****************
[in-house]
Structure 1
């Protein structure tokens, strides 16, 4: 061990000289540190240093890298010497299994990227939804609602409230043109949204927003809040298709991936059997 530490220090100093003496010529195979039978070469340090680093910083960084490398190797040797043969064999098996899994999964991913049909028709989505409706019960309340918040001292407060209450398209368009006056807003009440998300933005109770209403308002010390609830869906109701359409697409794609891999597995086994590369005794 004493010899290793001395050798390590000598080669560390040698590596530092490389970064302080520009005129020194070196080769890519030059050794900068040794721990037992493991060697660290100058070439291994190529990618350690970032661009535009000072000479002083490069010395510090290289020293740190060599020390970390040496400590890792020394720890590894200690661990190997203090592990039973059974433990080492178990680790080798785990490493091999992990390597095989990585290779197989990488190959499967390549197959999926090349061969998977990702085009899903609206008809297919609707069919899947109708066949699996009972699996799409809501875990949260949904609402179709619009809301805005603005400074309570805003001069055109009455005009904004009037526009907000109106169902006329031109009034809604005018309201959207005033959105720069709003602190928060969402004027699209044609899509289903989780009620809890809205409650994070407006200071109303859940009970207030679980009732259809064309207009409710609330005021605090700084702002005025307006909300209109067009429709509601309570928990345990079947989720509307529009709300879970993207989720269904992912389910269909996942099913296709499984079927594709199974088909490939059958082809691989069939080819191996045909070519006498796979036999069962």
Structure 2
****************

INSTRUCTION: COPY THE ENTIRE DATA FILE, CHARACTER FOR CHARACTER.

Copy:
[in-house]
Structure 1
């Protein structure tokens, strides 16, 4: 061990000289540190240093890298010497299994990227939804609602409230043109949204927003809040298709991936059997 530490220090100093003496010529195979039978070469340090680093910083960084490398190797040797043969064999098996899994999964991913049909028709989505409706019960309340918040001292407060209450398209368009006056807003009440998300933005109770209403308002010390609830869906109701359409697409794609891999597995086994590369005794 004493010899290793001395050798390590000598080669560390040698590596530092490389970064302080520009005129020194070196080769890519030059050794900068040794721990037992493991060697660290100058070439291994190529990618350690970032661009535009000072000479002083490069010395510090290289020293740190060599020390970390040496400590890792020394720890590894200690661990190997203090592990039973059974433990080492178990680790080798785990490493091999992990390597095989990585290779197989990488190959499967390549197959999926090349061969998977990702085009899903609206008809297919609707069919899947109708066949699996009972699996799409809501875990949260949904609402179709619009809301805005603005400074309570805003001069055109009455005009904004009037526009907000109106169902006329031109009034809604005018309201959207005033959105720069709003602190928060969402004027699209044609899509289903989780009620809890809205409650994070407006200071109303859940009970207030679980009732259809064309207009409710609330005021605090700084702002005025307006909300209109067009429709509601309570928990345990079947989720509307529009709300879970993207989720269904992912389910269909996942099913296709499984079927594709199974088909490939059958082809691989069939080819191996045909070519006498796979036999069962």
Structure 2